Let’s not mince words, the 30 day yoga challenge was hard. It wasn’t hard to prioritize yoga, that sweet feeling of sitting on your mat and knowing that for the next hour it’s just you and a group of people, in this studio moving through your bodies together, that part was juicy and wonderful. But it was a 30 day schedule challenge and a 30 day laundry challenge and it was a 30 day challenge of meeting my body where it’s at that day, my body, that same body that I was in yesterday, it’s the same body today, as it will be tomorrow, and forever. When I was practicing only a couple times a week it was easy to to come into class, do all the poses how they feel the prettiest and then walk out the door, but when I was coming in every day the corrections I had been working on and the feelings in my body were right at the forefront of my mind. Straighten instead of hyper-extend, Caitlin, pull down the low ribs, broaden the shoulders, Caitlin, use your core to support and un-arch your low back. These certainly weren’t anything teachers were telling me, but the perfectionist, the former ballerina in me, can be very loud. She’s hard to quiet. She’s tough on me and wants to do each pose with effortless perfection, to be in the yoga calendar at every breath.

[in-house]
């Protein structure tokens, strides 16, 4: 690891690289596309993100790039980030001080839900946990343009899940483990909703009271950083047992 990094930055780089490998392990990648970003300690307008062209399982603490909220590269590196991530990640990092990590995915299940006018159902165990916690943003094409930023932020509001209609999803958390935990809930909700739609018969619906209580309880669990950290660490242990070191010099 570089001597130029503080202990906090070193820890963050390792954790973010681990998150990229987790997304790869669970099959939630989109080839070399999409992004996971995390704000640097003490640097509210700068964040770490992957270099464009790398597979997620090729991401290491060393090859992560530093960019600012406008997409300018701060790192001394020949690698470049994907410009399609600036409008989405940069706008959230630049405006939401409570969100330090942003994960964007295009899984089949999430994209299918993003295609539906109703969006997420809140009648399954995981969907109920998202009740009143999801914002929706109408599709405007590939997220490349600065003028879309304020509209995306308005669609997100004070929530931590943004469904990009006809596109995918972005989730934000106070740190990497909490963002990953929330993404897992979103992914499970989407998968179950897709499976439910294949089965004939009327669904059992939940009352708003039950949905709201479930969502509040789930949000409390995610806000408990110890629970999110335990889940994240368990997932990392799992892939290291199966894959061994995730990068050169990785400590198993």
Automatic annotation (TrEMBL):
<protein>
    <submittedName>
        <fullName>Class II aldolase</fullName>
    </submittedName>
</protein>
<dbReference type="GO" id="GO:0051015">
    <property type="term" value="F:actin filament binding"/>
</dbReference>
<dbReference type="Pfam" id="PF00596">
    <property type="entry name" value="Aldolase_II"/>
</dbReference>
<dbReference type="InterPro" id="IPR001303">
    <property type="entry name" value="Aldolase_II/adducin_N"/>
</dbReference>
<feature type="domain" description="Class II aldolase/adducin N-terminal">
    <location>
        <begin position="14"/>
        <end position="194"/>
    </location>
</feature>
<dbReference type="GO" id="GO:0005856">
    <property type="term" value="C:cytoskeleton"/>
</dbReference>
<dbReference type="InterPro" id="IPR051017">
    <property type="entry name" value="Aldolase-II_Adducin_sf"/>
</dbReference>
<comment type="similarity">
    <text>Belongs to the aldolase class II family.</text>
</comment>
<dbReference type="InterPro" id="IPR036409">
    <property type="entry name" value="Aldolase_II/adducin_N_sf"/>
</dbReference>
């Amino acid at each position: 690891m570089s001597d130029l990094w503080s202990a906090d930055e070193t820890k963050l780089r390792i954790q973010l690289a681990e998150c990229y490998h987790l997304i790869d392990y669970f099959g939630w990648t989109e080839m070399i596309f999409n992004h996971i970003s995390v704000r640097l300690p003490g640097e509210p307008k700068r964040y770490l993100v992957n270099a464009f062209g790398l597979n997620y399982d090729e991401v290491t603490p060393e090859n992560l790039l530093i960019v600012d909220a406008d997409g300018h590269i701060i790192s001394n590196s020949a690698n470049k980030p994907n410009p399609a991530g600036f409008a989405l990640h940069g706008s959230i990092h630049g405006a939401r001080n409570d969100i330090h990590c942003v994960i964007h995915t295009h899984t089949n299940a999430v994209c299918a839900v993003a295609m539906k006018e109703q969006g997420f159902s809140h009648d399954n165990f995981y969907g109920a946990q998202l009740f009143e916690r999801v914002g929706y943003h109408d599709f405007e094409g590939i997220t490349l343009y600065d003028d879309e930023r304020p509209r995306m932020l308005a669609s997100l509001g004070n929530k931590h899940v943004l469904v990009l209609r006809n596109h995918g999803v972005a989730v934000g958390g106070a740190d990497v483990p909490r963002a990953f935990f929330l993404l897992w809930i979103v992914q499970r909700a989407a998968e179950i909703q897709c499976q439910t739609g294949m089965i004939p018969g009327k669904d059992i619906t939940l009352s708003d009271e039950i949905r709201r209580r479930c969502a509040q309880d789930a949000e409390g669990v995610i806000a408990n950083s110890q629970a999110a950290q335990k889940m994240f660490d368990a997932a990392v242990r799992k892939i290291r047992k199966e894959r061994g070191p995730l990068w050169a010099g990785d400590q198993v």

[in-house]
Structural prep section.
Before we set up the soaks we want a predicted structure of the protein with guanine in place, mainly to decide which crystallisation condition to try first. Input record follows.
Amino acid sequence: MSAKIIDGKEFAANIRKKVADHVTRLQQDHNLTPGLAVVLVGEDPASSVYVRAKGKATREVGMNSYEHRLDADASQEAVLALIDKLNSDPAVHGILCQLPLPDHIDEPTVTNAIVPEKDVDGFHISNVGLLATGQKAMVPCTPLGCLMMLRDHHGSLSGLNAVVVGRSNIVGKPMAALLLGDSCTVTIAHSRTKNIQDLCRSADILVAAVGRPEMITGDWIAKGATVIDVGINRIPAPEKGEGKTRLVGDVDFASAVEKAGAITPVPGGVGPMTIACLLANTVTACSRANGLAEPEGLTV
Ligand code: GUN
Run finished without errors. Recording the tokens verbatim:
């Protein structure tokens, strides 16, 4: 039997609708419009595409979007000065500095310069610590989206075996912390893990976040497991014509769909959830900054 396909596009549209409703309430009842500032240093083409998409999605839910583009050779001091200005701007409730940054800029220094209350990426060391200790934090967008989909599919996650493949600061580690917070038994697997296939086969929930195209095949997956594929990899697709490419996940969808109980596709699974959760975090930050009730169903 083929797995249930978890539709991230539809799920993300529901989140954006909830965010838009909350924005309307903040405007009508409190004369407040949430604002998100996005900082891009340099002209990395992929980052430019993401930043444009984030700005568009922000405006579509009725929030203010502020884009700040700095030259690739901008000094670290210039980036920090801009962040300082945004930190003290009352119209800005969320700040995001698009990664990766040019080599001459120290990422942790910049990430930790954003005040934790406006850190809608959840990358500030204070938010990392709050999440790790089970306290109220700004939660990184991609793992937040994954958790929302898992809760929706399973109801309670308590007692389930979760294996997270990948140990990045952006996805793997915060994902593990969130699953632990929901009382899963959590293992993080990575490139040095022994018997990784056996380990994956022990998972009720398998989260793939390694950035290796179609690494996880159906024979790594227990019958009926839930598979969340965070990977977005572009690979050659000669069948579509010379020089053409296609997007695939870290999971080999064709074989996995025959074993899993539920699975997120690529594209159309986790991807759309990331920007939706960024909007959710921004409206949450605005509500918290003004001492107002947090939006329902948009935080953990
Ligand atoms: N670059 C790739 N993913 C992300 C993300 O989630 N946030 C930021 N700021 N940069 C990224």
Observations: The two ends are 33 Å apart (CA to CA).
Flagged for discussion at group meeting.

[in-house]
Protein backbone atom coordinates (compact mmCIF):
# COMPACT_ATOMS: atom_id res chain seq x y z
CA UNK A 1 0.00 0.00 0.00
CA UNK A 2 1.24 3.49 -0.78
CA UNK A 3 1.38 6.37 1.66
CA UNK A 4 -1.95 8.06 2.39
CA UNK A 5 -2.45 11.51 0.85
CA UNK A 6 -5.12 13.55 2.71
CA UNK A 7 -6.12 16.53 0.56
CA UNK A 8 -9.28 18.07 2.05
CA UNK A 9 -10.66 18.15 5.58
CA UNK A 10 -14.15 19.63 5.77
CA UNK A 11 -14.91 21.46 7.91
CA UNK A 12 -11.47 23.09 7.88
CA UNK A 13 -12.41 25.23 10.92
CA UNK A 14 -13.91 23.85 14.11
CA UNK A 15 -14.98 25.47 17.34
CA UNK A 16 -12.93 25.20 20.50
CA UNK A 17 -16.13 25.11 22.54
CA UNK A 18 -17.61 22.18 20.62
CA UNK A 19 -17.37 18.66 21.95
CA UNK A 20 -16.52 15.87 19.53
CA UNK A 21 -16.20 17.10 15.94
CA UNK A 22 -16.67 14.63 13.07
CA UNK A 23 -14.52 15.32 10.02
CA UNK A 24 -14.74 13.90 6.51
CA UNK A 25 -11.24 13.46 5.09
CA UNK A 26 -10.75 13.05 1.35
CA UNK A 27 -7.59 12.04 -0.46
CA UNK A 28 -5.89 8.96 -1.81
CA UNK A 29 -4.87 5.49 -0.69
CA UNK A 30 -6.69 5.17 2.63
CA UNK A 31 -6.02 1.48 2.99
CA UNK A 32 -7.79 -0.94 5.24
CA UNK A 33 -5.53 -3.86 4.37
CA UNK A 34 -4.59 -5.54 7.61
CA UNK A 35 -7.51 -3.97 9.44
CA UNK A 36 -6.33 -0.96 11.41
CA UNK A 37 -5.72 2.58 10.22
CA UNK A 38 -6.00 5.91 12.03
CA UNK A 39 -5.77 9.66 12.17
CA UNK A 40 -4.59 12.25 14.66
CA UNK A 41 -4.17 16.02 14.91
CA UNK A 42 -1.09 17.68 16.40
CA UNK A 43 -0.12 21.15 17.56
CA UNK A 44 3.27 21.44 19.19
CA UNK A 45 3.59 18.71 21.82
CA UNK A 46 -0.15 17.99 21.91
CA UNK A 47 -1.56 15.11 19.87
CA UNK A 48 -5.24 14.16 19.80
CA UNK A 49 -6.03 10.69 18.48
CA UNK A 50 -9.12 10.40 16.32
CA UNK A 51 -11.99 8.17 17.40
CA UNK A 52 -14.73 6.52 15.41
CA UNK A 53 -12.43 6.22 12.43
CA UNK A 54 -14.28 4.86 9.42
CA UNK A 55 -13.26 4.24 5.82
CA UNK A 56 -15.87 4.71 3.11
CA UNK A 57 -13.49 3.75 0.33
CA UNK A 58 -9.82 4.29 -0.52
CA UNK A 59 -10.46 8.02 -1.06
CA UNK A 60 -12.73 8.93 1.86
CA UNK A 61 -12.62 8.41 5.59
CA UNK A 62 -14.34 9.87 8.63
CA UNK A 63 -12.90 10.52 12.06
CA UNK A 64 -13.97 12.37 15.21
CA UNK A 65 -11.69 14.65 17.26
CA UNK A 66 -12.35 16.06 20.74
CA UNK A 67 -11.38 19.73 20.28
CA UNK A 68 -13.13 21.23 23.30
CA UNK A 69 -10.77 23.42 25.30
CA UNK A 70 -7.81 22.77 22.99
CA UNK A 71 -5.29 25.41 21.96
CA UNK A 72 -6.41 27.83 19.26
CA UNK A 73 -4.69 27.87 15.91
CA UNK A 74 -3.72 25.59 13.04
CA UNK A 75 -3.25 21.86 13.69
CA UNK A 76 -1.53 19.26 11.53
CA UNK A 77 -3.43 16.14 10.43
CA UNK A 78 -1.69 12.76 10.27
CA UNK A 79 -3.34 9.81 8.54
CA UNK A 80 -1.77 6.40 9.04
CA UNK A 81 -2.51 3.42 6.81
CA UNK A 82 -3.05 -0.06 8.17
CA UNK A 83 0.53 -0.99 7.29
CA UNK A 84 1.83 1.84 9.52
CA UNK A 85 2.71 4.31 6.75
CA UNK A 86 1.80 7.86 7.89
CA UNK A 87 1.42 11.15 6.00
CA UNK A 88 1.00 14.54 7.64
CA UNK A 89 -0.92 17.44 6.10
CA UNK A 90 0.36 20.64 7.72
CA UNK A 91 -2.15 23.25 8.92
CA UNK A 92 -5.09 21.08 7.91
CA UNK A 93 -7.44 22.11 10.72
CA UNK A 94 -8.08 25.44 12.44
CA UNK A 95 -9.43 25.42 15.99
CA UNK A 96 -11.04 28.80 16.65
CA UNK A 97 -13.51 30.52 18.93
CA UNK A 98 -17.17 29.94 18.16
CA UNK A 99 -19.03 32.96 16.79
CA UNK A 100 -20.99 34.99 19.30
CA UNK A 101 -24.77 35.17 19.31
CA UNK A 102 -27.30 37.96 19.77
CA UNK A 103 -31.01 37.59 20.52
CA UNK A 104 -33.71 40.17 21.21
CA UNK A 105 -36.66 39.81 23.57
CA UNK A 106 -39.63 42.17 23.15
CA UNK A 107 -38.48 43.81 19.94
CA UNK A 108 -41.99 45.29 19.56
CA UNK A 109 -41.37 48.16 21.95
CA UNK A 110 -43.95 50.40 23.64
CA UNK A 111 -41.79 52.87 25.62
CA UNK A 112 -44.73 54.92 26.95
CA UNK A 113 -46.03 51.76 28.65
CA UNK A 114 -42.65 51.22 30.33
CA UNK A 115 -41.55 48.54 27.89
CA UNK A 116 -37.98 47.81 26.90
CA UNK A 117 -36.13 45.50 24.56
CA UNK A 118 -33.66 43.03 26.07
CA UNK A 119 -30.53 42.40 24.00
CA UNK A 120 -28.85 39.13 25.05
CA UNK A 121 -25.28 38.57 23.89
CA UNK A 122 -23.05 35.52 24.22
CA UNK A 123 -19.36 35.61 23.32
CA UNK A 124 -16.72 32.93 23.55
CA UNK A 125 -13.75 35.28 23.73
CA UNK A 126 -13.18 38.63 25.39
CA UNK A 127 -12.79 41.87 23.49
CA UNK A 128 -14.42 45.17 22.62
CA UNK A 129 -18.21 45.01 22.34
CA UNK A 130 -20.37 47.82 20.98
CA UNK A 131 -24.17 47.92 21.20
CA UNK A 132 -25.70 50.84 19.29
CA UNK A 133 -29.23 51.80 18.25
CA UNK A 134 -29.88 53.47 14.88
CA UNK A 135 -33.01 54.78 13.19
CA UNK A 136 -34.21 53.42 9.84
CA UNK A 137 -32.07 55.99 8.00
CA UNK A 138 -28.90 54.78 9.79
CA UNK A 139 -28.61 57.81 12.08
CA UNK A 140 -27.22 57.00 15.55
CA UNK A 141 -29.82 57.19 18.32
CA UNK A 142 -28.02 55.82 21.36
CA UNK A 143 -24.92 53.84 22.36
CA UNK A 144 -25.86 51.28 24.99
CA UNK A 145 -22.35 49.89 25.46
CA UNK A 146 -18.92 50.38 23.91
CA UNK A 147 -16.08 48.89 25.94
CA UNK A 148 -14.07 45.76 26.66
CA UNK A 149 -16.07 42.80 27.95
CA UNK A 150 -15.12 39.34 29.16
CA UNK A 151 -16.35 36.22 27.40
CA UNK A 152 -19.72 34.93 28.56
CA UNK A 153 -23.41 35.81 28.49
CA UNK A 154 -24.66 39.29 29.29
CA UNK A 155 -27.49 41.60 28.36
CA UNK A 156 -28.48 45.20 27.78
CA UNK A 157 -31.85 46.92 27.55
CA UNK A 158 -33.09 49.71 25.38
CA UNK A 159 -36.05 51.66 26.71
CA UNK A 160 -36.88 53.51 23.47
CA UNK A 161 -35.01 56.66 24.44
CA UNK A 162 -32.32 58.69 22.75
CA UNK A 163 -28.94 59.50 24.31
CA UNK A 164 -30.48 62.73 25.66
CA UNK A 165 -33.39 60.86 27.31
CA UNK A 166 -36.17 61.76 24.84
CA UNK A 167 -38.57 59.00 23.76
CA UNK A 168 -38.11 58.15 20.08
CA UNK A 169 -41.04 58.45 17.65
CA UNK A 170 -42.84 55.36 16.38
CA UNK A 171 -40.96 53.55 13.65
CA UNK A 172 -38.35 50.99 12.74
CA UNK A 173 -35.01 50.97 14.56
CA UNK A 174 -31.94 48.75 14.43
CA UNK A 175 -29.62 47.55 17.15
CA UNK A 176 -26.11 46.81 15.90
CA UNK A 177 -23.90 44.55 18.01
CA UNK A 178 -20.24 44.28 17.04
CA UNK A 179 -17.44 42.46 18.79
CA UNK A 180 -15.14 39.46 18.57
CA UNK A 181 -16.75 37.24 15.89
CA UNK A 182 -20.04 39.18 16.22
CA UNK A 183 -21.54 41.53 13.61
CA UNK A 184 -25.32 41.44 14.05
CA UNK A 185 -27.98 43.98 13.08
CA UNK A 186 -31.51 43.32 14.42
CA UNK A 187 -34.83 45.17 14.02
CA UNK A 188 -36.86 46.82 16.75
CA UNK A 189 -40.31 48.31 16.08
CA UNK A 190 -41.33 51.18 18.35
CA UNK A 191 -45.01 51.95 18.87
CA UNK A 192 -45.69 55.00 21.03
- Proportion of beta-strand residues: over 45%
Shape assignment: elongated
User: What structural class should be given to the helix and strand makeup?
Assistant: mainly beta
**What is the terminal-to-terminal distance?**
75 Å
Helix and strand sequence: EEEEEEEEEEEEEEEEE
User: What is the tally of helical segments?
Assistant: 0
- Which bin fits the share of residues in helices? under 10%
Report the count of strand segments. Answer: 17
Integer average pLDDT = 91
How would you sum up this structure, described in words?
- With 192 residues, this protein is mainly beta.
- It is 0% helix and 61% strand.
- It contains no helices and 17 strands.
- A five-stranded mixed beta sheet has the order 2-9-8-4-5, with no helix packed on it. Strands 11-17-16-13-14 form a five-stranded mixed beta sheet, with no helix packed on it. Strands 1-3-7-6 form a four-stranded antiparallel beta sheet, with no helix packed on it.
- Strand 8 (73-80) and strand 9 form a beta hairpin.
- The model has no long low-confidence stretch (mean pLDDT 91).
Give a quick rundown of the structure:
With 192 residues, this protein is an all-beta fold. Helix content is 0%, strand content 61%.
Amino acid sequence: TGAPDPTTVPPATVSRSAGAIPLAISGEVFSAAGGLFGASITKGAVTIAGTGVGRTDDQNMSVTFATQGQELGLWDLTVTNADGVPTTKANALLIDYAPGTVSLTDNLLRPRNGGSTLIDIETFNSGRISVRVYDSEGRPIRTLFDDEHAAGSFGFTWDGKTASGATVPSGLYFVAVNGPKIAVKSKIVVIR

I wasn’t able to really quiet the perfectionist in me until about halfway through the challenge when I hit a wall. I came home from a class where I felt I didn’t do the poses very well, nothing felt right in my body, my knees hurt and my whole body was tired. My husband came home from work to find me crying on the living room floor because I didn’t want to wash my hair for what felt like the thousandth time that month.
I laugh about that moment now, thank God, but that was real for me on that day. That was before I told ballerina me, perfect and flexible me, to stop ruining my life and let my body be enough. It was before I started telling her that today I need a blanket under my knee, or I need to forgo the flexibility for the safety of my joints, that my body is more precious than looking perfect in that pose for those ten seconds. Once I allowed myself to be open to imperfection the hardest part of the challenge really was laundry and scheduling--not to say I didn’t stop being sore or that I quieted this perfectionist overnight, but once I started to welcome the openness, coming to class and working through the poses and meeting my body became a more joyful habit. I became a little better at accepting the discomfort of a different teacher or type of yoga than I’m used to, and approaching the different voices and teaching styles with thoughtfulness and kindness. By the end of the 30 days I felt softer, more open and forgiving with my body, and if I allow it, I know that kind of openness, and allowance of imperfection, can resonate through to my everyday life.